Other animals I’ve spotted on the Parkway are foxes and moose. Cameron has seen a wolf before (or so he says); if this happens to you, consider yourself lucky. If you see a wolf, let a Parks Canada employee know by calling when you get service.

When you see these animals, you’ll probably be mesmerized by their beauty and want to stop for a photo. Please pull over safely, do not get out of your car, and do not stop traffic. Also, please don’t hog the sighting; stay for a just few moments and move on to let others enjoy. Though we encourage most visitors not to stop at all, but rather drive slowly. Stopping often leads to a domino effect, and eventually there are cars everywhere on the road, disrupting wildlife and traffic flow.


Tips for Driving in the Winter

driving the bow valley parkway
The Bow Valley Parkway in Winter

Canadian winters can be extremely harsh and dangerous for driving. If you are not an experienced winter driver and planning a magical Canadian winter trip, you should take caution. The Bow Valley Parkway is plowed in the winter, but conditions are worse than on the Trans-Canada. Read more about renting a car in Banff in the winter here.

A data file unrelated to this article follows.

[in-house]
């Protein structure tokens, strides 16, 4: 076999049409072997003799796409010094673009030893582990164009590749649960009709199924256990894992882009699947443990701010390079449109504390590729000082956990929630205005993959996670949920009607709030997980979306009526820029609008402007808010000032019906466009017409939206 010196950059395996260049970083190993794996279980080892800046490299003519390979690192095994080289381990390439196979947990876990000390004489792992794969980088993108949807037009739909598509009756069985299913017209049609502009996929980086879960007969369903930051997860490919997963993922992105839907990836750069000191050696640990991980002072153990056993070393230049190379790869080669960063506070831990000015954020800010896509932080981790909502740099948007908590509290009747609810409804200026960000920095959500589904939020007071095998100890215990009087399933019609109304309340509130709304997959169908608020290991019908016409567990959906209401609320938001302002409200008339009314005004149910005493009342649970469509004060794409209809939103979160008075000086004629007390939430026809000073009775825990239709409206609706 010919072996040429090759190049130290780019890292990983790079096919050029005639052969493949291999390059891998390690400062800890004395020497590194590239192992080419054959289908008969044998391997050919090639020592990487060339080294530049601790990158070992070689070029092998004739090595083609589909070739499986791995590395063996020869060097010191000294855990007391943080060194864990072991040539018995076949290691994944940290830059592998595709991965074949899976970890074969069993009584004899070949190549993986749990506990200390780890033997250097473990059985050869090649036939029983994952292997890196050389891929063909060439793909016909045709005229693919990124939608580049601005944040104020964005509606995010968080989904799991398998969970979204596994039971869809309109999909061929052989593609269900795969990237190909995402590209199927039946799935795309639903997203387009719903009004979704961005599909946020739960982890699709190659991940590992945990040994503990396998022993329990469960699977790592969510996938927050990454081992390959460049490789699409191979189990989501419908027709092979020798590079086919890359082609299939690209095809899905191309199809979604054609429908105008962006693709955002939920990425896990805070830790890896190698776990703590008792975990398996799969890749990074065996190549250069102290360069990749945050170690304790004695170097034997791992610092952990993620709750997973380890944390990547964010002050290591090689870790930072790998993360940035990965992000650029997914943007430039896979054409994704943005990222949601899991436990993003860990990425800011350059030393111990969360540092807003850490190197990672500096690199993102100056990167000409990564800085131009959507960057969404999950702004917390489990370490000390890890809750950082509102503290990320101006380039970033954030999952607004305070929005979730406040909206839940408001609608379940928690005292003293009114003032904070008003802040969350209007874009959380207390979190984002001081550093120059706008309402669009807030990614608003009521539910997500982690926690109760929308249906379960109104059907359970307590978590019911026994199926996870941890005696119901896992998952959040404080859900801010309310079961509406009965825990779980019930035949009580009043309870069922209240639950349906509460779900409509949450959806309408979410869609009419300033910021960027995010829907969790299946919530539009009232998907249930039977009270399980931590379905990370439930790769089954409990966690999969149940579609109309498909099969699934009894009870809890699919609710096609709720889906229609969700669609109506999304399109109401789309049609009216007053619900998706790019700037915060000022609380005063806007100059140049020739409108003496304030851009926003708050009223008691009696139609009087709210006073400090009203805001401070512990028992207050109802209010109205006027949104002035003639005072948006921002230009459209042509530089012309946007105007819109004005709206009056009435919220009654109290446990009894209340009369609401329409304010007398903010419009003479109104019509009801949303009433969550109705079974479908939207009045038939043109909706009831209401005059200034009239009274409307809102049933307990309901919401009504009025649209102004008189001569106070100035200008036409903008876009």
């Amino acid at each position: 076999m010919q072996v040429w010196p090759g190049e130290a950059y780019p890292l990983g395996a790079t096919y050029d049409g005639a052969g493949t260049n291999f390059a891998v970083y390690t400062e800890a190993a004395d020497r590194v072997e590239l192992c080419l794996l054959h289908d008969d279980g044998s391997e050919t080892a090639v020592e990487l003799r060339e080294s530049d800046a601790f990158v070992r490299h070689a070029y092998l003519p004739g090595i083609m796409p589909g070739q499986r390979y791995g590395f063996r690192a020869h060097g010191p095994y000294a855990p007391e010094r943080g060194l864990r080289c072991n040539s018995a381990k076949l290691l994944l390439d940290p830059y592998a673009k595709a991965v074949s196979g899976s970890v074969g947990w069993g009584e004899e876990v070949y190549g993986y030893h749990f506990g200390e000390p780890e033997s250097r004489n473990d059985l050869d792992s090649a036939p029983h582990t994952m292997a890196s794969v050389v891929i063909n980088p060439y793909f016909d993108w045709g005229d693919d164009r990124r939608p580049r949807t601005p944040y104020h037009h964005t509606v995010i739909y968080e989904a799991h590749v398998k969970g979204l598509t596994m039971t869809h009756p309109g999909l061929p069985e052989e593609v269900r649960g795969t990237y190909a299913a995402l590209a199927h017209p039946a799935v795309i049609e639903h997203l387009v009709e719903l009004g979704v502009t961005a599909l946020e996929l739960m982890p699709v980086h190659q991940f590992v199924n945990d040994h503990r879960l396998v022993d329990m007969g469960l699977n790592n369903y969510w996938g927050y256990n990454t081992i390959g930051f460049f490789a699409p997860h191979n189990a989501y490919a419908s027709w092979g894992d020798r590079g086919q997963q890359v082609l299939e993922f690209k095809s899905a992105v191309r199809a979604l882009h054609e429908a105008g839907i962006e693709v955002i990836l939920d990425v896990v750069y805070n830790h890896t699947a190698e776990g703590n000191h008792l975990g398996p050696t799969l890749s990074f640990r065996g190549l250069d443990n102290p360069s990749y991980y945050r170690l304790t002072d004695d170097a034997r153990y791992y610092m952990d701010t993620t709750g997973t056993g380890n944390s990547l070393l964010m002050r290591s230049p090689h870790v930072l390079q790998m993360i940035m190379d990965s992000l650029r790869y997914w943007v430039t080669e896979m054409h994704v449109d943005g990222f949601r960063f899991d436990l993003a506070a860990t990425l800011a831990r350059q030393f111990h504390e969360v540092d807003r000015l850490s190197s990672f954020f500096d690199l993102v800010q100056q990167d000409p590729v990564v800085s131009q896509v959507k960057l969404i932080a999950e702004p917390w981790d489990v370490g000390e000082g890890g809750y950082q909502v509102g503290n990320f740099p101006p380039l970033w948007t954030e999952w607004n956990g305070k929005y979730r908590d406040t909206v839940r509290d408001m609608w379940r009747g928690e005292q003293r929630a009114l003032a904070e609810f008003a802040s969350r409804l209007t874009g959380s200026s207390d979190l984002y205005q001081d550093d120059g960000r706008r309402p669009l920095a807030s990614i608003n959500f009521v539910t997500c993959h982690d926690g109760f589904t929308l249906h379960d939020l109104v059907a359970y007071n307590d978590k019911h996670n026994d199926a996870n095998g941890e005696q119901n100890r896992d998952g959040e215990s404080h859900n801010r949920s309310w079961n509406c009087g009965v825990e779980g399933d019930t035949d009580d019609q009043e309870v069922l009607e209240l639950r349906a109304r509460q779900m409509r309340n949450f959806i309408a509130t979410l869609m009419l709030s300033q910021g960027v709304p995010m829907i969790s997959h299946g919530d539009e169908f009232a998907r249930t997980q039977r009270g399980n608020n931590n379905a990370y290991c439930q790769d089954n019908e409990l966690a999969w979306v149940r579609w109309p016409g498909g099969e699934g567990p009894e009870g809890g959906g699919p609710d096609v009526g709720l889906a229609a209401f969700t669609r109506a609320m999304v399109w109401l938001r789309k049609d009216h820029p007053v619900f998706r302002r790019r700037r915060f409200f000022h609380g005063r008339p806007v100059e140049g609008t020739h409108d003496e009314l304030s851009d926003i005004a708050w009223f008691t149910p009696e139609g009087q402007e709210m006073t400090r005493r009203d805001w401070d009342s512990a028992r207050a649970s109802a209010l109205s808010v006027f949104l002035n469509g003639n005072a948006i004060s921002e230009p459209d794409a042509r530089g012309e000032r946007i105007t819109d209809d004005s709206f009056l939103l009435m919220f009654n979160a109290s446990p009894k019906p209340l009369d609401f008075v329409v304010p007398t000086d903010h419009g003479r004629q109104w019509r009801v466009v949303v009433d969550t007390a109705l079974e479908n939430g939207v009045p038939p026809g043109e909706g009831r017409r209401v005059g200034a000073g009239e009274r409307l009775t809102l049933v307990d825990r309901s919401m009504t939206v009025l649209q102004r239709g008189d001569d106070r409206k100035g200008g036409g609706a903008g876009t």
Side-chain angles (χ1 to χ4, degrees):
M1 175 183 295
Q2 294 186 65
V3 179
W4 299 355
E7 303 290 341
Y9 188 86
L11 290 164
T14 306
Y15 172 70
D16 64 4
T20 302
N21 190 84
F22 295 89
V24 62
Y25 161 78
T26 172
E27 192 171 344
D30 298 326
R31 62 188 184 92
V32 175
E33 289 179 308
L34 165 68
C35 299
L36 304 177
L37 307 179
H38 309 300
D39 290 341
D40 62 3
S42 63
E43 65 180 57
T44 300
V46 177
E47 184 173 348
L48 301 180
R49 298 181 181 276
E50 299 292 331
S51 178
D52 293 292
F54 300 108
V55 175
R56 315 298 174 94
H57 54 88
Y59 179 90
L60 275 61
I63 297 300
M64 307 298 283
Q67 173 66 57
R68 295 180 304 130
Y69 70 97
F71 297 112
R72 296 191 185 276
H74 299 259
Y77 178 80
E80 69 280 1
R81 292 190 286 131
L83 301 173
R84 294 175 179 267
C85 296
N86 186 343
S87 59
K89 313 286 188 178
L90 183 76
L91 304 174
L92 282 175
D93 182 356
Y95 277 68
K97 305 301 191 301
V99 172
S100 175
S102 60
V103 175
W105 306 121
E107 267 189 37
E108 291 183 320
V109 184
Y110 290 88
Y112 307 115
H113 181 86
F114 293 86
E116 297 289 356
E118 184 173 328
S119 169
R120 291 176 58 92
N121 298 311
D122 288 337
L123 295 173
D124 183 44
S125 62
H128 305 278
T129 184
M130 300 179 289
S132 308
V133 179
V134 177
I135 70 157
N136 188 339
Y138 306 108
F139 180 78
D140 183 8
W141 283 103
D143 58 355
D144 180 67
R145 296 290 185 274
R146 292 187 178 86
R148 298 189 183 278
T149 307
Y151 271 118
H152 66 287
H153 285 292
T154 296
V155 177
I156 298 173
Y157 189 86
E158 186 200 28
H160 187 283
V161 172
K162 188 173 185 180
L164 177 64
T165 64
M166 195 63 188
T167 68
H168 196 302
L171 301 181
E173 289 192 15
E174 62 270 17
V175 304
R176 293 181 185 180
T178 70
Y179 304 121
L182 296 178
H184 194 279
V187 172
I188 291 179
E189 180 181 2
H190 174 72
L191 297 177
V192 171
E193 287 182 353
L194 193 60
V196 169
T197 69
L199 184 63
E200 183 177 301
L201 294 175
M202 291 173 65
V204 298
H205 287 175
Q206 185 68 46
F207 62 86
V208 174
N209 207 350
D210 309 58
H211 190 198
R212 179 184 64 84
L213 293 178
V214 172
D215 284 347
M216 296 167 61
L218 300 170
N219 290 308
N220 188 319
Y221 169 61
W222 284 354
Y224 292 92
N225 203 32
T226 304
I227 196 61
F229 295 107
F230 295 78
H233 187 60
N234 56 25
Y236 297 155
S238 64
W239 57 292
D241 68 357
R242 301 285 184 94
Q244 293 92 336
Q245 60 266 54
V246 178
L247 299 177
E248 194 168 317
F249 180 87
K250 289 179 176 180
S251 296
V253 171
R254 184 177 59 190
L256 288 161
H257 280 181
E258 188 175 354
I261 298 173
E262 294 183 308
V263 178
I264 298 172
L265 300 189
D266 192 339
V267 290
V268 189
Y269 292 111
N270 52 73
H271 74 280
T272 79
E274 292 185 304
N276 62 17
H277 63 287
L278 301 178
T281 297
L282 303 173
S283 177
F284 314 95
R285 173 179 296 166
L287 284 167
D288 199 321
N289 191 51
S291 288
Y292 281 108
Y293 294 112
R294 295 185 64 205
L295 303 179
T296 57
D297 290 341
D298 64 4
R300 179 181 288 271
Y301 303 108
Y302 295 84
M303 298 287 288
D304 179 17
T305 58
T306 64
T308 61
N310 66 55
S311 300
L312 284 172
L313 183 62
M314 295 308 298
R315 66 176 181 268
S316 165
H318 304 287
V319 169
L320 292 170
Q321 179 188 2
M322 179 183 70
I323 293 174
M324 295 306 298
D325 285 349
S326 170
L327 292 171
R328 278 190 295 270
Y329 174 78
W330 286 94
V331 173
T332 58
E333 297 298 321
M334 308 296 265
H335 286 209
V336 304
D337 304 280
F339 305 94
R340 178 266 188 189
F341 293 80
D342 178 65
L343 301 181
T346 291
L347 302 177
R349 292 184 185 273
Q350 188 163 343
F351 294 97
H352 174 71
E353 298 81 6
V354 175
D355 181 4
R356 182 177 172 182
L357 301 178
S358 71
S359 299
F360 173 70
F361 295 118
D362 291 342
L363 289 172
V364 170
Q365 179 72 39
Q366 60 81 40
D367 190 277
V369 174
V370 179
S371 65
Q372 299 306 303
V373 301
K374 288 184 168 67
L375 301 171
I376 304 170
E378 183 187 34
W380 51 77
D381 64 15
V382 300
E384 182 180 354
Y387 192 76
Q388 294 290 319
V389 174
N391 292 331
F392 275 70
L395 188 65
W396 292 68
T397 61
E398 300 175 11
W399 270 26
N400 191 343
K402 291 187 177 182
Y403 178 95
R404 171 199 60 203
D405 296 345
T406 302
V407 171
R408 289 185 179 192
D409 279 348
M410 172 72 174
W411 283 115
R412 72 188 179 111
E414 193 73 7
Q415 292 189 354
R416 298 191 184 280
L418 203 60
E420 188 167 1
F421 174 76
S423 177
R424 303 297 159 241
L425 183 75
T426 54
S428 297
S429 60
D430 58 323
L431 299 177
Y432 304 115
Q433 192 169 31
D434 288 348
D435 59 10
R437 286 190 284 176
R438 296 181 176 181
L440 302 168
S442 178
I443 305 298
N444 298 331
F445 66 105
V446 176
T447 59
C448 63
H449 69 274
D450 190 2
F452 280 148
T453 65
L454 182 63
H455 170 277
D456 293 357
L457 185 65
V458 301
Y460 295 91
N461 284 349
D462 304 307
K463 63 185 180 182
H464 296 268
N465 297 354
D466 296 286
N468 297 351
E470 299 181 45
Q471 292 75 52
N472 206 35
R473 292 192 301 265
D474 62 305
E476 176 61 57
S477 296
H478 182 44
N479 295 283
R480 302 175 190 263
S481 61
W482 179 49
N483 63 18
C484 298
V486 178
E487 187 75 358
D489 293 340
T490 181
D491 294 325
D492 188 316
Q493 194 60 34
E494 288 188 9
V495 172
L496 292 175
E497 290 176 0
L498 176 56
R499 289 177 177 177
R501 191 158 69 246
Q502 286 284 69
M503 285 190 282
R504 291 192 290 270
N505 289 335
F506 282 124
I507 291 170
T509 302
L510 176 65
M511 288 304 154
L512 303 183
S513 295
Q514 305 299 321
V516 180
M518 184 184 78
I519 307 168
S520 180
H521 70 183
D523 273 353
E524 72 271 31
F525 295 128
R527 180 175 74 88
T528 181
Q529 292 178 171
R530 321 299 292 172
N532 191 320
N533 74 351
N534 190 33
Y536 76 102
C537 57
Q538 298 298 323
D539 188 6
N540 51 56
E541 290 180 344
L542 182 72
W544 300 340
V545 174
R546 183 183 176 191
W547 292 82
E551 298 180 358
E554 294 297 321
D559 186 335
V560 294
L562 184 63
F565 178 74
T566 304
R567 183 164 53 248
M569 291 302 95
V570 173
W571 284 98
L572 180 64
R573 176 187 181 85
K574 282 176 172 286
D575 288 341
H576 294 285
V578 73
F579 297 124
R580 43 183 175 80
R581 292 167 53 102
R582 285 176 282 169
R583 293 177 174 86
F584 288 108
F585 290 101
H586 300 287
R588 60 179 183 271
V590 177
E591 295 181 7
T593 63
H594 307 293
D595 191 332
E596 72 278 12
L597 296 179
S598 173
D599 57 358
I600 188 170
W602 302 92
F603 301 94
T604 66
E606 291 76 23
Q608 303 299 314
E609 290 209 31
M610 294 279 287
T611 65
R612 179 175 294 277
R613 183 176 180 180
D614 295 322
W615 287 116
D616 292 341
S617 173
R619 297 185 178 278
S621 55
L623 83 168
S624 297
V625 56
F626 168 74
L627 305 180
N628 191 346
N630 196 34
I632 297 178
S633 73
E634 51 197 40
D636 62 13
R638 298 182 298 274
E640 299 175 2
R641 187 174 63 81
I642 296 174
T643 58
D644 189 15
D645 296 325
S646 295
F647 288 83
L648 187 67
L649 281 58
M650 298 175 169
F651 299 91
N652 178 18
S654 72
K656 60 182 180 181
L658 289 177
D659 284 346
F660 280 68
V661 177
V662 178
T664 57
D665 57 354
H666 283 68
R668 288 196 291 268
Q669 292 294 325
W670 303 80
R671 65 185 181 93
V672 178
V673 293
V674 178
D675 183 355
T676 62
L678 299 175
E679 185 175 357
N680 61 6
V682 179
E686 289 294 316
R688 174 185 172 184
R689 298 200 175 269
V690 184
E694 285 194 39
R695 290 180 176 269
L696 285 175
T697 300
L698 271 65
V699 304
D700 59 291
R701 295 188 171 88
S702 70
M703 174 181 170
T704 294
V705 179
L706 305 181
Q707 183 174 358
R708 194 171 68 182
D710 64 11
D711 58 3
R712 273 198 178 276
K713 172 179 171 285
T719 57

Where to Eat

Like most of Banff National Park, there aren’t very many places to eat outside of town. So come prepared with snacks for your epic road trip. There are a few stops you can make on the Bow Valley Parkway, noted below. If you miss these stops there are a few cafes in the Lake Louise Village, and obviously in Downtown Banff.

  • Johnston Canyon Resort
  • Castle Mountain Chalets
  • Baker Creek Chalets

Where to Stay

Baker Creek Cabins
A cozy weekend at Baker Creek

If you are looking for some beautiful places to stay on the Bow Valley Parkway you have three amazing Banff cabins to choose from. Johnston Canyon Bungalows near Johnston Canyon, Castle Mountain Chalets near Castle Junction, and Baker Creek Mountain Resort near Morant’s Curve.

Baker Creek, in particular, is our favorite place to stay in all of Banff, and if you can score a reservation there for your trip we highly recommend it! There is also the HI Castle Mountain Hostel for those on a budget, as well as multiple campgrounds along the route!


Is There Cell Phone Coverage?

johnston canyon in winter
Johnston Canyon in winter

There is cell phone coverage along a large portion of Bow Valley Parkway, though it does drop out often in spots, and I would never rely on it for any important calls or communication. That’s why we recommend the Gypsy Guide, so you can have an audio narrator along most of the drive without having to worry about a signal.